Why You Should Take Pop Psychology Advice With A Pinch Of Salt


One should take popular psychological advisors with a pinch of salt. It is not intended to discard the efficiency and practical applications of these suggestions. But to make one vigilant about the fact that what they are going to accept as a life savior can be a wolf in Sheep’s clothing. According to the data provided by APA (American Psychological Association), every 3 in 4 adults are reporting mental health issues. These figures give us a clue about the ground reality and unreported statistical facts about mental health.

Usually, people tend to use pop psychological literature via the internet or books, to seek advice regarding the issues of mental health. These seekers’ vulnerable situation and the Internet advertisement witch-hunt for the target customers make social media and internet articles one of the easiest ways to seek help in such cases. In less probable situations they are ought to buy popular books on pop psychology. Ideally speaking, they are no doubt the easiest ways to seek help on mental health issues, yet it’s not much less than a trap.

Different questions may arise in one’s mind like, Are we ending up better? Are we being truly helped? Should we be skeptical about these suggestions? Is pop psychology a reliable way to seek help? The answers to these questions in the light of standard psychological understanding are, surprisingly, heartbreaking.

Pop psychology literature usually ignores the importance of personal differences among people and their impact on human psychology. It assumes uniformity in the factors of complex psychological problems across the population. As a result of such generalization, many of their psychological remedies can be non-reliable and not-so-healthy if the personal differences are there to impact (which is highly probable). Such mistakes, rather blunders, make the recipients vulnerable to many unforeseen bad impacts.

Norman Vincent in his international bestseller The Power of Positive Thinking leaves no stone unturned to convince the readers that talking positively to themselves enables you to be the best of yourself. Well, the million people, probably, who read the book may believe the same. But is this idea consistent with the academic psychological understanding? Does talking positively do the magic? The answer is no. Are the personal differences going to impact (as we discussed earlier)? Psychological literature backed by scientific researches indicates that it will. According to the standard understanding, this generic life exercise can make life worse for people with low self-esteem. They may develop more anxiety seeing the discrepancy in what they are and what they want to be. Thus, if you are not in that small percentage who have high self-worth and lack productivity (which is probably the case, you are not) this pop psychological remedy is going to worsen the problems for you.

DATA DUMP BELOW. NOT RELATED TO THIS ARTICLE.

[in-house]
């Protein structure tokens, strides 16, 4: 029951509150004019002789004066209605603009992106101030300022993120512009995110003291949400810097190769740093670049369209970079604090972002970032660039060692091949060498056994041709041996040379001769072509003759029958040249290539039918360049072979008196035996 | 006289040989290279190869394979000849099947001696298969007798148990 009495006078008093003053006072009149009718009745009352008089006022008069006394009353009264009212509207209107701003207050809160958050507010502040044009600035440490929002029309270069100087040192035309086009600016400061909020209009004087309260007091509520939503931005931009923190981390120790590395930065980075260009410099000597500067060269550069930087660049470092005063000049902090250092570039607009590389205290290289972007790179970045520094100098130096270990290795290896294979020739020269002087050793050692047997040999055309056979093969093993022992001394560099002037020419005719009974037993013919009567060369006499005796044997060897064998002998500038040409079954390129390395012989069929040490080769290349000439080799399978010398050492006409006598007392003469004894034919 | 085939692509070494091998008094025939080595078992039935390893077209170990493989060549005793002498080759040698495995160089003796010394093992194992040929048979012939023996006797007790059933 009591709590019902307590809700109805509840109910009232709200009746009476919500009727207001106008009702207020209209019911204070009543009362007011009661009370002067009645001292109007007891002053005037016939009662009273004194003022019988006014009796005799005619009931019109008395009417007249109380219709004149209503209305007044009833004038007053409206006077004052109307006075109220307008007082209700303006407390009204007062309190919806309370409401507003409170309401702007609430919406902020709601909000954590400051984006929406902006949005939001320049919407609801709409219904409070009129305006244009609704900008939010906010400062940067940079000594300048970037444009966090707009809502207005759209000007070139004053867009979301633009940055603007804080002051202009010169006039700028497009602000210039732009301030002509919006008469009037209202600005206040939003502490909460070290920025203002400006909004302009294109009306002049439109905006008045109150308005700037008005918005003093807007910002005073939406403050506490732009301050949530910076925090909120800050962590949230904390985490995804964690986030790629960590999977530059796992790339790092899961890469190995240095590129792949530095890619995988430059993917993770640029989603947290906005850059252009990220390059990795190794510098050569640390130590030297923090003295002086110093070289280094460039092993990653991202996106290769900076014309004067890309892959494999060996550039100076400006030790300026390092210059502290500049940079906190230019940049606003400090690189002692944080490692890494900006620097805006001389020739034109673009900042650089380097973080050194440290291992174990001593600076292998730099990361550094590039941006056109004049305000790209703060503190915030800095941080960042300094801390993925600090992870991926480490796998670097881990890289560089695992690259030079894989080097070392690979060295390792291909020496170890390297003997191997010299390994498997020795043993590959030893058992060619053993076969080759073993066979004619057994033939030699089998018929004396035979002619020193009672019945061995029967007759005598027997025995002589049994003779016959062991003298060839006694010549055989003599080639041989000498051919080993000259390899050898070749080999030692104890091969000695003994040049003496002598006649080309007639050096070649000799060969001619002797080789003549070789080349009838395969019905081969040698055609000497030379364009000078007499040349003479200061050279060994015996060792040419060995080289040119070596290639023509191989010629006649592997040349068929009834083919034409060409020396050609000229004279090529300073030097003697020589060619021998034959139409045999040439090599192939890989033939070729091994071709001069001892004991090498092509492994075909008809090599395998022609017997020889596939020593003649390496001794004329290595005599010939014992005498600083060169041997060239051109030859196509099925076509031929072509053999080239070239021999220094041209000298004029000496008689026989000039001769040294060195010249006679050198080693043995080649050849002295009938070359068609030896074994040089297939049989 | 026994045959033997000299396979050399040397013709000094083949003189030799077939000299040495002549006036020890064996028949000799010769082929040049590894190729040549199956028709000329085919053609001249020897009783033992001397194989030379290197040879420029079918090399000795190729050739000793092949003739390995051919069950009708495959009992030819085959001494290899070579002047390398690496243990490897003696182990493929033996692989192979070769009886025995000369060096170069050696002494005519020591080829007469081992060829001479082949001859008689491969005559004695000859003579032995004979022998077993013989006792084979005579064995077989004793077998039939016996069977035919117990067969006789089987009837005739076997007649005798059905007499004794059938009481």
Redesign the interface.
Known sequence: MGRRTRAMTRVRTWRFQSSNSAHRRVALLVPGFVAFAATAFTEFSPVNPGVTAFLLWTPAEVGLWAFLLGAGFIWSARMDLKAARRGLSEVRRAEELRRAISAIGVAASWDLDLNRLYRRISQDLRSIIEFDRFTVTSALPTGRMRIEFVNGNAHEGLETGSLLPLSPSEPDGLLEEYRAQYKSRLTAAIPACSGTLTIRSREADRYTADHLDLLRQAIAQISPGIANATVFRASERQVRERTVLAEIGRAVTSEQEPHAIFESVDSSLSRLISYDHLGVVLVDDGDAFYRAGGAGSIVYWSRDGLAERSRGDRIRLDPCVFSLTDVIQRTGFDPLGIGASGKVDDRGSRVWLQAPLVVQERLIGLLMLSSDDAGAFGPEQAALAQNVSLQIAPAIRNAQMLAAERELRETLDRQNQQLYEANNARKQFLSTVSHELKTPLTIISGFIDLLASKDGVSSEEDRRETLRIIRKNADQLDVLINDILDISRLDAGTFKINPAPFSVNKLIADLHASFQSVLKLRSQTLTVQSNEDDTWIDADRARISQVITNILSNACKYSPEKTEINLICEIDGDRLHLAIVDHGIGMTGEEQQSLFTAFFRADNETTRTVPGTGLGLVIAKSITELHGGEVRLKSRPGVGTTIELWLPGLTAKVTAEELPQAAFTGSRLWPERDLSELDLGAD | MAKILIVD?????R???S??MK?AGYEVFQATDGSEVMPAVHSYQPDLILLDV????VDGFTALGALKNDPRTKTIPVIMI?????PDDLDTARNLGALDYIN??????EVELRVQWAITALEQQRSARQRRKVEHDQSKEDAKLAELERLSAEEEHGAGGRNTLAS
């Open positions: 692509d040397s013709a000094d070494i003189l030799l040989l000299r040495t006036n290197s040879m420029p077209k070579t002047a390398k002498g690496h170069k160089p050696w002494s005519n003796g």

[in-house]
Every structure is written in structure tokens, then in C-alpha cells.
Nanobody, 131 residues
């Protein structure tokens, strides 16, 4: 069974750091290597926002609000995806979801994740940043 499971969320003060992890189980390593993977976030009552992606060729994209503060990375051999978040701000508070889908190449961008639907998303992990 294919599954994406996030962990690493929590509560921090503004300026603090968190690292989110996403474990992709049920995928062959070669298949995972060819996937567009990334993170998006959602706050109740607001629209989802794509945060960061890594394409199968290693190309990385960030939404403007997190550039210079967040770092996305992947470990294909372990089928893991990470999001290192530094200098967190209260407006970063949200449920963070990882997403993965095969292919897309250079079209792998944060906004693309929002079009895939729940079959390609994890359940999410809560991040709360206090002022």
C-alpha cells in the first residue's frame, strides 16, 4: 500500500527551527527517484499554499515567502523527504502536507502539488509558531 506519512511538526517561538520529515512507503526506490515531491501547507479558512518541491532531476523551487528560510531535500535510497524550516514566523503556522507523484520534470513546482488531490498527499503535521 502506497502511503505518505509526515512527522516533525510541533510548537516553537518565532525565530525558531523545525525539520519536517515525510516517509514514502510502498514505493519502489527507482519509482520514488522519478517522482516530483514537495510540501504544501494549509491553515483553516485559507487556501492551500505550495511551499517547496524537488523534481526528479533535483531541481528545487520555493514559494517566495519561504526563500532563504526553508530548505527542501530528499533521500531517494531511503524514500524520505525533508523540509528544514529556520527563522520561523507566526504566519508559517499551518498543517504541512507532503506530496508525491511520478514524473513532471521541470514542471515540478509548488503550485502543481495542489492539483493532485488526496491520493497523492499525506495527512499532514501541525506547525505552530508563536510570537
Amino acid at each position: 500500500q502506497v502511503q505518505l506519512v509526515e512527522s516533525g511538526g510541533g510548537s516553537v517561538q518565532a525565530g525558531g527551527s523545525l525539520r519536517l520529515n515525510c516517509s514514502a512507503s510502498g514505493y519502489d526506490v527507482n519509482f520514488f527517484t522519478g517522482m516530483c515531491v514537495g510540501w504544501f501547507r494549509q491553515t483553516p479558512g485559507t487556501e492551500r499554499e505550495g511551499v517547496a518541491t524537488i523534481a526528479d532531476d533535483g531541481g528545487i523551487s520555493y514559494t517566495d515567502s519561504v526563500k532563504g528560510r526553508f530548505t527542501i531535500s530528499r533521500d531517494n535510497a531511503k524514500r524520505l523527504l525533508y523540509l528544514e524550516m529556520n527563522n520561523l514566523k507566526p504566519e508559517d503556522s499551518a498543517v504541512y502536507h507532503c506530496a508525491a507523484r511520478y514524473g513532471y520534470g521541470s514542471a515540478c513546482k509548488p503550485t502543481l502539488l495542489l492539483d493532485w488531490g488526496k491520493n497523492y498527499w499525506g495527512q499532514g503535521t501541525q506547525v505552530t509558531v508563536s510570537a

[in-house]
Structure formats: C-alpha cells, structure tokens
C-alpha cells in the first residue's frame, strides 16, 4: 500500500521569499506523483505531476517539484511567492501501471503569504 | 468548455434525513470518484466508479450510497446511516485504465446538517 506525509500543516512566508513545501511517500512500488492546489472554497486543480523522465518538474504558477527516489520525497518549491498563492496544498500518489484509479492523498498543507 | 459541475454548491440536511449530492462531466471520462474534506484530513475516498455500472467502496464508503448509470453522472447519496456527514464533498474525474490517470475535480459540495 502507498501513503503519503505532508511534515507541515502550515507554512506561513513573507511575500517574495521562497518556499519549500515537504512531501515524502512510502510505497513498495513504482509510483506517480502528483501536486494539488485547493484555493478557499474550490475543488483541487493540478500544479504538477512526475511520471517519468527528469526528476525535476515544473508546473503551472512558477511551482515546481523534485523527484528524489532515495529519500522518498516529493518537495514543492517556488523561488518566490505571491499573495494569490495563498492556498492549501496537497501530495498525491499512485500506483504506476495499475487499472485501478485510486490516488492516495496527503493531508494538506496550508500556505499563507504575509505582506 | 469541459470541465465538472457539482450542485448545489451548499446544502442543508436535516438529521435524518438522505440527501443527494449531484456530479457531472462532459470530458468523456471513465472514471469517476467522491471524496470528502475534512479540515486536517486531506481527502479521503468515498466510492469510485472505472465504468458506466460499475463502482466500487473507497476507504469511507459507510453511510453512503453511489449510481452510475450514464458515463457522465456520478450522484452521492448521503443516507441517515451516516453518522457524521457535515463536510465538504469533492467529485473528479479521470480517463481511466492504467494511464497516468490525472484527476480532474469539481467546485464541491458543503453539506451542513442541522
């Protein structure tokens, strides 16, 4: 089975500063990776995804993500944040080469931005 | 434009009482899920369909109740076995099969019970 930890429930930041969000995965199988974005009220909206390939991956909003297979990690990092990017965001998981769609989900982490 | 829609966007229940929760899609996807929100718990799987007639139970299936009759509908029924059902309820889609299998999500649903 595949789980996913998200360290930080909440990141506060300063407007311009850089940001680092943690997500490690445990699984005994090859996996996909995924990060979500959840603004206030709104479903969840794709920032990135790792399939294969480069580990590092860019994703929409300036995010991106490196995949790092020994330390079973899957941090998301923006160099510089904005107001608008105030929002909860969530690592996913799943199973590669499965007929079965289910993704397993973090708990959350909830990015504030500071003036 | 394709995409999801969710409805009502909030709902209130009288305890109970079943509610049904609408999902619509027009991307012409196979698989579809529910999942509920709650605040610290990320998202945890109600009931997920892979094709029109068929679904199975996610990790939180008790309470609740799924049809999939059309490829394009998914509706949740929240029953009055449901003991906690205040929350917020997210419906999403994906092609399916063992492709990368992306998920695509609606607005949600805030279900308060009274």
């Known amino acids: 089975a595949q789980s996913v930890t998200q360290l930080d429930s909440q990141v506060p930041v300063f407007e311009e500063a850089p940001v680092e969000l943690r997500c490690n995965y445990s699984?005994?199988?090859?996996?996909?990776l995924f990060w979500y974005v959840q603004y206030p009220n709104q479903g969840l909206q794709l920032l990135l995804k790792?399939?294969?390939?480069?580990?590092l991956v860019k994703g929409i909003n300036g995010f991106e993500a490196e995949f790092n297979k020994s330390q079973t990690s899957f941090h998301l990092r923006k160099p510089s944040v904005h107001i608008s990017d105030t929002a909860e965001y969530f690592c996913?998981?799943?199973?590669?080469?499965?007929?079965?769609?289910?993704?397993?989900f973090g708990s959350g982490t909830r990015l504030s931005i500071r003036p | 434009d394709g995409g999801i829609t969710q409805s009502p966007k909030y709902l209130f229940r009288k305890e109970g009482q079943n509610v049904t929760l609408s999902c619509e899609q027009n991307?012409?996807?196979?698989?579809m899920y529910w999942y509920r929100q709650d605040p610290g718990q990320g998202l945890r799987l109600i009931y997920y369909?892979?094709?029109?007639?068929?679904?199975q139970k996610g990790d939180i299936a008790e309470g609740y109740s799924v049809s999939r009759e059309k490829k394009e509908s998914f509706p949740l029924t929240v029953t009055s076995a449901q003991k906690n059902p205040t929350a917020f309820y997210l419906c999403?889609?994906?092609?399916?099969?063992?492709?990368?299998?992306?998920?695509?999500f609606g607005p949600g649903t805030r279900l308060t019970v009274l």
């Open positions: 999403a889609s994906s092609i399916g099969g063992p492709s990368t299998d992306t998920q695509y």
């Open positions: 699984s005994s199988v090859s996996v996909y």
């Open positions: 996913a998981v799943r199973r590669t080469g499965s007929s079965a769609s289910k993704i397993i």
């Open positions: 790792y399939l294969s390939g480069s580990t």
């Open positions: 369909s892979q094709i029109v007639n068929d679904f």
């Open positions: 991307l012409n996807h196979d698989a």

Pop psychology, most of the time, advises using self-analysis to gain knowledge about you, your insecurities, and motives. Self-analysis, however, has its limitations and can lead you to false judgments about yourself. Human psychology is a complex entity and has many convoluted layers to it, relying on self-analysis without any prior knowledge about how human psychology works is a bad idea. Standard psychological literature agrees upon the fact that in case of any emotional dimension, which is present more or less in every psychological problem, self-analysis is very likely to give you wrong information about yourself due to the complex defense mechanisms of our mind.

Articles on self-help usually ask to use different fallacious techniques, for example, in the case of aggregation; they argue that channeling the aggression to non-hostile expression will help you to get rid of the adverse effects. They, thus, suggest the use of alternative ways to express aggression like video games and punching bags. Contrary to their assumption, according to psychological understanding, aggression persists though it is expressed for the time being. In short, you dug a pit hole for yourself.

These generalized pieces of writings usually simplify complex psychological researches and make small remedies out of them. Some psychological thumb rules and myths do prevail in these writings which may not be factually correct. Though there are some good eggs too, yet one cannot help ignoring their blunders as it is a matter of mental health. Their importance is not being questioned, but their reliability is in question. The best course of action, keeping all the arguments in mind, is that people should be more vigilant and prefer professional opinions.


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